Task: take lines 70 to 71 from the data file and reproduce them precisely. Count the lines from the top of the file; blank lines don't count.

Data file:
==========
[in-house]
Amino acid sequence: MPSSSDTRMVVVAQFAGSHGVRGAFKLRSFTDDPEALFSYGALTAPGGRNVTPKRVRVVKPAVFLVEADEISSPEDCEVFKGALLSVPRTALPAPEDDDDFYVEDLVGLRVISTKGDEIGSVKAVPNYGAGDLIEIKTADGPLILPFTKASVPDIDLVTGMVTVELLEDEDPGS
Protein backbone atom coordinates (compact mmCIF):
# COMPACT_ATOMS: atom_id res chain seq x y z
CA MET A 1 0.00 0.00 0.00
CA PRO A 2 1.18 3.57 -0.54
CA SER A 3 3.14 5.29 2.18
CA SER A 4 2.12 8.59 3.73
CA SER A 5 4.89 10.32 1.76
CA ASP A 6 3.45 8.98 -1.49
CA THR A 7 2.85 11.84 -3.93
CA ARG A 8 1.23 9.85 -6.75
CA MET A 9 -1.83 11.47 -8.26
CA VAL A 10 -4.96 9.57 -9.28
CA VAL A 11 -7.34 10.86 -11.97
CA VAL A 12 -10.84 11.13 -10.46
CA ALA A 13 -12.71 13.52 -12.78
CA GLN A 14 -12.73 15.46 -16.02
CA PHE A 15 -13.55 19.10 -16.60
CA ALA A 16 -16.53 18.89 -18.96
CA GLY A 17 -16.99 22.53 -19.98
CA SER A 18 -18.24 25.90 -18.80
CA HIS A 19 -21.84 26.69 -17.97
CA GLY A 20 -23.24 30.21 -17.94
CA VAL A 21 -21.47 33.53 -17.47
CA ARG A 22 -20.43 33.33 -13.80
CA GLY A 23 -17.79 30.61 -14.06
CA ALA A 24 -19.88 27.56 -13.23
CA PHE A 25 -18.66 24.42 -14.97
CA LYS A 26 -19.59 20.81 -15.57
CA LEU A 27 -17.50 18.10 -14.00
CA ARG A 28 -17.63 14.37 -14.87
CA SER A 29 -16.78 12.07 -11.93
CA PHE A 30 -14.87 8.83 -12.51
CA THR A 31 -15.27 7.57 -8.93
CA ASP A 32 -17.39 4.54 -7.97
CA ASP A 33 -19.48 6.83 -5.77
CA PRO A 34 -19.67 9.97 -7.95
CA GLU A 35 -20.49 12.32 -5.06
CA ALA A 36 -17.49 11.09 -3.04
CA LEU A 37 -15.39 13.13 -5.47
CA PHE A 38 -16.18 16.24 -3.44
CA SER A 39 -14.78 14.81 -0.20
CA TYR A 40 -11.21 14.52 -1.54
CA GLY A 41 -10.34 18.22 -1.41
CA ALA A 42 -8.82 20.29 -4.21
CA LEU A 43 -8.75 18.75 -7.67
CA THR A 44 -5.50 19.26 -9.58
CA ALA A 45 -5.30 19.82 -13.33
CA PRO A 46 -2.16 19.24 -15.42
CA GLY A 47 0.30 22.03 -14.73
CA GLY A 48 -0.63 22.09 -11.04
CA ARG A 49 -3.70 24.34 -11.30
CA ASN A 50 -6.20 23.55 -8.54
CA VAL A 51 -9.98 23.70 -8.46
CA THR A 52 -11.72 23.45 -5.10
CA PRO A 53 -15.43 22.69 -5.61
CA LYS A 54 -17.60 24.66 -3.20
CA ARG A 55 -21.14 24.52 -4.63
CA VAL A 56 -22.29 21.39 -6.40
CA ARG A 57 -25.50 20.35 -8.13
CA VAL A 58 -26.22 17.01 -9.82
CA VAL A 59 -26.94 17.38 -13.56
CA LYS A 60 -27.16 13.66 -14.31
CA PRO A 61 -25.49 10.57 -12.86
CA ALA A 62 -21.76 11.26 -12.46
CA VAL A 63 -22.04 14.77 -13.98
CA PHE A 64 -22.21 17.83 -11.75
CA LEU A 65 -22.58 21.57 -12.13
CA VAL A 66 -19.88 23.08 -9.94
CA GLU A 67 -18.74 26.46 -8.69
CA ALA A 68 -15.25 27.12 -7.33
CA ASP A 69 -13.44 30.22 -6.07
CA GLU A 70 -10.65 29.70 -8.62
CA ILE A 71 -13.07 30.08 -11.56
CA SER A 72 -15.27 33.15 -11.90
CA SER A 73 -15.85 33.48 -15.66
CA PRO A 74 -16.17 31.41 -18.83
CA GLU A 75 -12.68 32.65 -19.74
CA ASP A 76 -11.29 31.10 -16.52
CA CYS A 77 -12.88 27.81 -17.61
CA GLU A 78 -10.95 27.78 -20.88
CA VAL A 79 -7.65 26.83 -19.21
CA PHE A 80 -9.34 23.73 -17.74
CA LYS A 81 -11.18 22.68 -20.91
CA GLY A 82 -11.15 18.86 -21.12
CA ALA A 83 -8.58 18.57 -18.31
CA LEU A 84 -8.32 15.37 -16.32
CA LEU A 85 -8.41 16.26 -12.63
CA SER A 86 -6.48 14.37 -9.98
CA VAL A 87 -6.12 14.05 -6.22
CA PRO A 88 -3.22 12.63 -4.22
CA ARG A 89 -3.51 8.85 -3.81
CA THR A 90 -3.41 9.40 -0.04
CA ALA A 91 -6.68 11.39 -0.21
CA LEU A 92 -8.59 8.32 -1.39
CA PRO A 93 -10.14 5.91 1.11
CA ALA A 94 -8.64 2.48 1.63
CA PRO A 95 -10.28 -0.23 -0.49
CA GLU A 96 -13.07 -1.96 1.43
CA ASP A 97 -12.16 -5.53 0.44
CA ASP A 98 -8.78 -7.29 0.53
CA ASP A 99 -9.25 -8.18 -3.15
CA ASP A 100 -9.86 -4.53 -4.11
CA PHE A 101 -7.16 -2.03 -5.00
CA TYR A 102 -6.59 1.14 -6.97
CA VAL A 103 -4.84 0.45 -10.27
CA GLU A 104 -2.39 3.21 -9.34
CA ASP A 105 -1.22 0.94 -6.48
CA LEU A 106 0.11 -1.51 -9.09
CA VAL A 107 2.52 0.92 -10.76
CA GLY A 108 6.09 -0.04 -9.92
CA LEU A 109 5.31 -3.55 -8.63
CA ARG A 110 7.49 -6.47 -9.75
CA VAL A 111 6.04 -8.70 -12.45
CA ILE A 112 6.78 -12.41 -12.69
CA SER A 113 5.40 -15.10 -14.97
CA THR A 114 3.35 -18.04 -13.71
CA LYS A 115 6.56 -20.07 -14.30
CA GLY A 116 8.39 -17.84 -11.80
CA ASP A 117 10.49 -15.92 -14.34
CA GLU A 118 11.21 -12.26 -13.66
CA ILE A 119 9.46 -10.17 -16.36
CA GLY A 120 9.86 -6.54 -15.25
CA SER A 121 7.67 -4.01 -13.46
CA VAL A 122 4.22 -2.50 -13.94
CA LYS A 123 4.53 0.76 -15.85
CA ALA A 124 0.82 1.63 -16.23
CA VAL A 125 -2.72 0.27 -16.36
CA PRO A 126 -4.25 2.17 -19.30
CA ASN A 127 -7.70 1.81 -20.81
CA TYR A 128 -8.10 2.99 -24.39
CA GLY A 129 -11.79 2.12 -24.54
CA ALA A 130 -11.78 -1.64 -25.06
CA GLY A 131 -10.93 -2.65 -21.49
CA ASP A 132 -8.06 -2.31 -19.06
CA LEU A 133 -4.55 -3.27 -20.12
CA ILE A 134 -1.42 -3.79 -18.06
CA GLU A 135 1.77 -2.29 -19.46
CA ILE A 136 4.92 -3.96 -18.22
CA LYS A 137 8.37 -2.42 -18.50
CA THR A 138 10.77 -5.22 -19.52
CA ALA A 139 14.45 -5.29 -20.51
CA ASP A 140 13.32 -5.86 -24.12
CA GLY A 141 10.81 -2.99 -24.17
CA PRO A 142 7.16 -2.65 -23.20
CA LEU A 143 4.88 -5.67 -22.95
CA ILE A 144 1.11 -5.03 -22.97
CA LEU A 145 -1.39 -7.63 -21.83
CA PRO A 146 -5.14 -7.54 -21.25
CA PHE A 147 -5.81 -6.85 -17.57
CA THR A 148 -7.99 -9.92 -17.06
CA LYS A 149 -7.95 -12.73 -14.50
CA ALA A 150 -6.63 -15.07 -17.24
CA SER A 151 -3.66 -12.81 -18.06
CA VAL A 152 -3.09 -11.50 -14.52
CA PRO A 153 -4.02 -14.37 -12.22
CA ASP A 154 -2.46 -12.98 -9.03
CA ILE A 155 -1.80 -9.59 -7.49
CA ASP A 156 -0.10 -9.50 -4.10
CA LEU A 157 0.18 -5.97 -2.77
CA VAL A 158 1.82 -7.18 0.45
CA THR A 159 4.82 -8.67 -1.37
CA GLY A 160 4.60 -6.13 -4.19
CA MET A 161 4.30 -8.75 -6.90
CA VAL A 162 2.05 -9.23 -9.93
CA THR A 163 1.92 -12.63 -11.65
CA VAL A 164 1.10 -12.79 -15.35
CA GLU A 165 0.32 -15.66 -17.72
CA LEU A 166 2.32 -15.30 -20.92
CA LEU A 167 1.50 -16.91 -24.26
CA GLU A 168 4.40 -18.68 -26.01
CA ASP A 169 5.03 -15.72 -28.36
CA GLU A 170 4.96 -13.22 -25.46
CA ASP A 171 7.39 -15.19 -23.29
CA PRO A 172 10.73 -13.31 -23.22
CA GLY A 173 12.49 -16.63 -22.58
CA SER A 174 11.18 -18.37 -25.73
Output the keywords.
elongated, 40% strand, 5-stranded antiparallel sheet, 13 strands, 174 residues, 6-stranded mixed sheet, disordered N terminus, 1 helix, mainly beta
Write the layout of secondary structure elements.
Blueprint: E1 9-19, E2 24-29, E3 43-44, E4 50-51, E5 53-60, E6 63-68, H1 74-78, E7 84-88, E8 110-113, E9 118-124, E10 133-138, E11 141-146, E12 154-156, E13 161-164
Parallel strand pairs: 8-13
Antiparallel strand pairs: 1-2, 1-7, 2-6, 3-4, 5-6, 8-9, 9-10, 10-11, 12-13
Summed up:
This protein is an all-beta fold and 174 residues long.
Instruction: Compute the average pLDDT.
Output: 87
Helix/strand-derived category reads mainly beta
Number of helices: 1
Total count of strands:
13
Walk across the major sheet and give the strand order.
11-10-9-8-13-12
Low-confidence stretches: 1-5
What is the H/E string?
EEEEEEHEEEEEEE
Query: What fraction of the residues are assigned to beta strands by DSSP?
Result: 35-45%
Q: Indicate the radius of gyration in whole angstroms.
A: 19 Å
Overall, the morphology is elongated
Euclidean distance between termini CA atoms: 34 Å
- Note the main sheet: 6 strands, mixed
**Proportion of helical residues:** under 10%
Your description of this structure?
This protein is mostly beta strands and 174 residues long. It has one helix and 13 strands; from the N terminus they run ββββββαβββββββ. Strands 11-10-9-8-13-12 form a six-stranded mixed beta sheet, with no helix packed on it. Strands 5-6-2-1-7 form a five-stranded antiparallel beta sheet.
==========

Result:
CA VAL A 66 -19.88 23.08 -9.94
CA GLU A 67 -18.74 26.46 -8.69